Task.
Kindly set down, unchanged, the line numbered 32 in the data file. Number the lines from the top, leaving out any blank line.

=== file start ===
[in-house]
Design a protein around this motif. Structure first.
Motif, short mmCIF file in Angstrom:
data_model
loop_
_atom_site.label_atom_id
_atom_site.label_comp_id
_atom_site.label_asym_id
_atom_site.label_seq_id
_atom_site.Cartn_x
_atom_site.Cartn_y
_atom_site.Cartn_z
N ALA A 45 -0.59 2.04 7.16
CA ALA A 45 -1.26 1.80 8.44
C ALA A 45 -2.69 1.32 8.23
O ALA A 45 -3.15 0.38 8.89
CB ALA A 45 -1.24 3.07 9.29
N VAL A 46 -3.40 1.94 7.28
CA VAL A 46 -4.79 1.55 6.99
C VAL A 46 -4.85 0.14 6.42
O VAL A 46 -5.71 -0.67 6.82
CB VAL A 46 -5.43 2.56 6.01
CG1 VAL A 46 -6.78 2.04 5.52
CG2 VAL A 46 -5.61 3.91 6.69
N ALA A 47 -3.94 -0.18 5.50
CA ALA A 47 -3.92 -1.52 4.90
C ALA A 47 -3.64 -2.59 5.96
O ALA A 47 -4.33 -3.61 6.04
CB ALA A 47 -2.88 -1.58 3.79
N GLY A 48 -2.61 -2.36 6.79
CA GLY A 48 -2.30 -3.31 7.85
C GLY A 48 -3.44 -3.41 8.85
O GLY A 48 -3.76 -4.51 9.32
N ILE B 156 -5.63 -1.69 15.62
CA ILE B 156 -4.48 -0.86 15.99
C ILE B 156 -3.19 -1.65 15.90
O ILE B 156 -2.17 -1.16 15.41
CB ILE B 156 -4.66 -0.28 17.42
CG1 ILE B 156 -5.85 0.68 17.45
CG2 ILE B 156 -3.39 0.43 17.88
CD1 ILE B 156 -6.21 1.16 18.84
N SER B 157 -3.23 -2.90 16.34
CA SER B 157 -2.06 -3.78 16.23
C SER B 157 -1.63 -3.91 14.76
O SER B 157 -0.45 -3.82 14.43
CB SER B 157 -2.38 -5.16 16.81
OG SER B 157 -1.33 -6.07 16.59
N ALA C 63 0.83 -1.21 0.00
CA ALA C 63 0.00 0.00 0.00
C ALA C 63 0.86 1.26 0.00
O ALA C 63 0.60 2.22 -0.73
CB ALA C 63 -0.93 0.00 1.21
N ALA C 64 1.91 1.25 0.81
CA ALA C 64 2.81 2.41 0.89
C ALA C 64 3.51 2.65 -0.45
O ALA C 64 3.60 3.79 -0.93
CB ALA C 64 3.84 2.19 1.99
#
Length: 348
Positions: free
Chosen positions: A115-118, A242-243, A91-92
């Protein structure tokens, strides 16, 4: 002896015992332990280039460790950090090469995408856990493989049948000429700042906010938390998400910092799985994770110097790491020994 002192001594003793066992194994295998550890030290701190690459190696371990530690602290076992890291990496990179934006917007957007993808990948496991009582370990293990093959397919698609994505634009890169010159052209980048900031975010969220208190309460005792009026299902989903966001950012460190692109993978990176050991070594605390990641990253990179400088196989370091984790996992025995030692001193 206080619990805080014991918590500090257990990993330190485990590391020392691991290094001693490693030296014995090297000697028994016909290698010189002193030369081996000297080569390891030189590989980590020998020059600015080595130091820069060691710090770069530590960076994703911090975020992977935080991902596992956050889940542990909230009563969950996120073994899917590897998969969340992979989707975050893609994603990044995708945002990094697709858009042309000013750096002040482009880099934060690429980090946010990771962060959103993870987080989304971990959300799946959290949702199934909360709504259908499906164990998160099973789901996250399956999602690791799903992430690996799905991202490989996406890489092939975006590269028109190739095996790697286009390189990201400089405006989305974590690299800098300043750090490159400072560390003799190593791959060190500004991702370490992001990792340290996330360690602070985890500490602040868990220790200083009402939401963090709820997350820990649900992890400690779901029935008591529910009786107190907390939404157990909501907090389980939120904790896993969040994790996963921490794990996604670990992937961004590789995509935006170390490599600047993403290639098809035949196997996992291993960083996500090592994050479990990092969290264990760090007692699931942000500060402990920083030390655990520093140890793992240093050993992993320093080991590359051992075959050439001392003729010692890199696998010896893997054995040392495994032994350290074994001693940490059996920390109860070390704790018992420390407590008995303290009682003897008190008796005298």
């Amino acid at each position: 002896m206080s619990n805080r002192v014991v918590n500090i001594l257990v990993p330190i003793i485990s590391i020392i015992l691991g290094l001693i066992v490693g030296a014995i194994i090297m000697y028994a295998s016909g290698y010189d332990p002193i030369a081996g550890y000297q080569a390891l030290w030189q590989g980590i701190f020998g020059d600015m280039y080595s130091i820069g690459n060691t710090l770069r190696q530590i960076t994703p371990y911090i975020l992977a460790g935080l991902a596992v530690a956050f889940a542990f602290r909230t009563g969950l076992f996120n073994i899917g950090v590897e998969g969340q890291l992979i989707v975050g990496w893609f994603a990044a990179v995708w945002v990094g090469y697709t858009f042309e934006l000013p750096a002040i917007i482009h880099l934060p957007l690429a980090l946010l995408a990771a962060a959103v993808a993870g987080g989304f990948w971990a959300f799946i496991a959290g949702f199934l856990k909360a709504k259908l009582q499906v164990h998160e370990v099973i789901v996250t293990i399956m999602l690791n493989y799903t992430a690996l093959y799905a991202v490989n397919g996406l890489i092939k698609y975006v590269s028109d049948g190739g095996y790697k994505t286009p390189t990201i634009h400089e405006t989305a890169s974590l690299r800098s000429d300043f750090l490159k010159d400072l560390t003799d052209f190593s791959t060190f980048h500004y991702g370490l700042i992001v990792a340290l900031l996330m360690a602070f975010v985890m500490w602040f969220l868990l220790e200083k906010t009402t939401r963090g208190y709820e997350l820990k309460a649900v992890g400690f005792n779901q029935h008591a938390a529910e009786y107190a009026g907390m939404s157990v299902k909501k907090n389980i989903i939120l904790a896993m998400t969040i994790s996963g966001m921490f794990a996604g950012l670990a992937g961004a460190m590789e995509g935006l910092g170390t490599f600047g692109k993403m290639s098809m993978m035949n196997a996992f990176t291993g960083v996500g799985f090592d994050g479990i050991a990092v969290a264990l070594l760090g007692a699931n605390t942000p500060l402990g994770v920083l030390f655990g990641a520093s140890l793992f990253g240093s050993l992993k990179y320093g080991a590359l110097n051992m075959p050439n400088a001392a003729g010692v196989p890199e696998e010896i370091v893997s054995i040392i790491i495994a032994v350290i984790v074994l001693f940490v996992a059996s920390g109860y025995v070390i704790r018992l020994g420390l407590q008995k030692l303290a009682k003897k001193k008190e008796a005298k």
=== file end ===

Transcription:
C GLY A 48 -3.44 -3.41 8.85